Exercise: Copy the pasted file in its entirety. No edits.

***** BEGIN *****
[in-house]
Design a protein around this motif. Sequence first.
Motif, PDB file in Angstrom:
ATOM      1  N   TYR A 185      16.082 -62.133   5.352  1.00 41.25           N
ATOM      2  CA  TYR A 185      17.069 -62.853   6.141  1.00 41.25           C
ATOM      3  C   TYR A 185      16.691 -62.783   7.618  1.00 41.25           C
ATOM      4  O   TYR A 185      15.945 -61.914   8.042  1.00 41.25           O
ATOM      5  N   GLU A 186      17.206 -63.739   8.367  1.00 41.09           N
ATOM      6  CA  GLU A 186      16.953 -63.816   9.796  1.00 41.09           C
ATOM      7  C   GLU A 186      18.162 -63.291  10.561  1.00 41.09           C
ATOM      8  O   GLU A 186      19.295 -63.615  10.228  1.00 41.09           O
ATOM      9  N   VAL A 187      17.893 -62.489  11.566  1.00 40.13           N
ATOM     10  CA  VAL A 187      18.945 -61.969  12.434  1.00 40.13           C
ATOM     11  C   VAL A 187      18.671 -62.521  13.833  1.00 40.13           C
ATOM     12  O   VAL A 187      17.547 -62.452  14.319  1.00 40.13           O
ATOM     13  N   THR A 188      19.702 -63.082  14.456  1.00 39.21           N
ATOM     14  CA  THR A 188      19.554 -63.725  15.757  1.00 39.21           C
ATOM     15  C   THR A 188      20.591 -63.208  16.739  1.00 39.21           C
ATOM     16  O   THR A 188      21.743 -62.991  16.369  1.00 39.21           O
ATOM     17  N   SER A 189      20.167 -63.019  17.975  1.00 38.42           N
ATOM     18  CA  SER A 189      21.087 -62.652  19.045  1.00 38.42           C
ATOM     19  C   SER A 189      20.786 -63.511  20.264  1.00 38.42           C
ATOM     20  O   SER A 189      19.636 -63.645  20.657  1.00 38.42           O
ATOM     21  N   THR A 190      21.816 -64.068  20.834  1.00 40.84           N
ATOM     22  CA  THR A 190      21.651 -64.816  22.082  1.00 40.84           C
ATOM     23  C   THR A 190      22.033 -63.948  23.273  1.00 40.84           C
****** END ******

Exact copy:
[in-house]
Design a protein around this motif. Sequence first.
Motif, PDB file in Angstrom:
ATOM      1  N   TYR A 185      16.082 -62.133   5.352  1.00 41.25           N
ATOM      2  CA  TYR A 185      17.069 -62.853   6.141  1.00 41.25           C
ATOM      3  C   TYR A 185      16.691 -62.783   7.618  1.00 41.25           C
ATOM      4  O   TYR A 185      15.945 -61.914   8.042  1.00 41.25           O
ATOM      5  N   GLU A 186      17.206 -63.739   8.367  1.00 41.09           N
ATOM      6  CA  GLU A 186      16.953 -63.816   9.796  1.00 41.09           C
ATOM      7  C   GLU A 186      18.162 -63.291  10.561  1.00 41.09           C
ATOM      8  O   GLU A 186      19.295 -63.615  10.228  1.00 41.09           O
ATOM      9  N   VAL A 187      17.893 -62.489  11.566  1.00 40.13           N
ATOM     10  CA  VAL A 187      18.945 -61.969  12.434  1.00 40.13           C
ATOM     11  C   VAL A 187      18.671 -62.521  13.833  1.00 40.13           C
ATOM     12  O   VAL A 187      17.547 -62.452  14.319  1.00 40.13           O
ATOM     13  N   THR A 188      19.702 -63.082  14.456  1.00 39.21           N
ATOM     14  CA  THR A 188      19.554 -63.725  15.757  1.00 39.21           C
ATOM     15  C   THR A 188      20.591 -63.208  16.739  1.00 39.21           C
ATOM     16  O   THR A 188      21.743 -62.991  16.369  1.00 39.21           O
ATOM     17  N   SER A 189      20.167 -63.019  17.975  1.00 38.42           N
ATOM     18  CA  SER A 189      21.087 -62.652  19.045  1.00 38.42           C
ATOM     19  C   SER A 189      20.786 -63.511  20.264  1.00 38.42           C
ATOM     20  O   SER A 189      19.636 -63.645  20.657  1.00 38.42           O
ATOM     21  N   THR A 190      21.816 -64.068  20.834  1.00 40.84           N
ATOM     22  CA  THR A 190      21.651 -64.816  22.082  1.00 40.84           C
ATOM     23  C   THR A 190      22.033 -63.948  23.273  1.00 40.84           C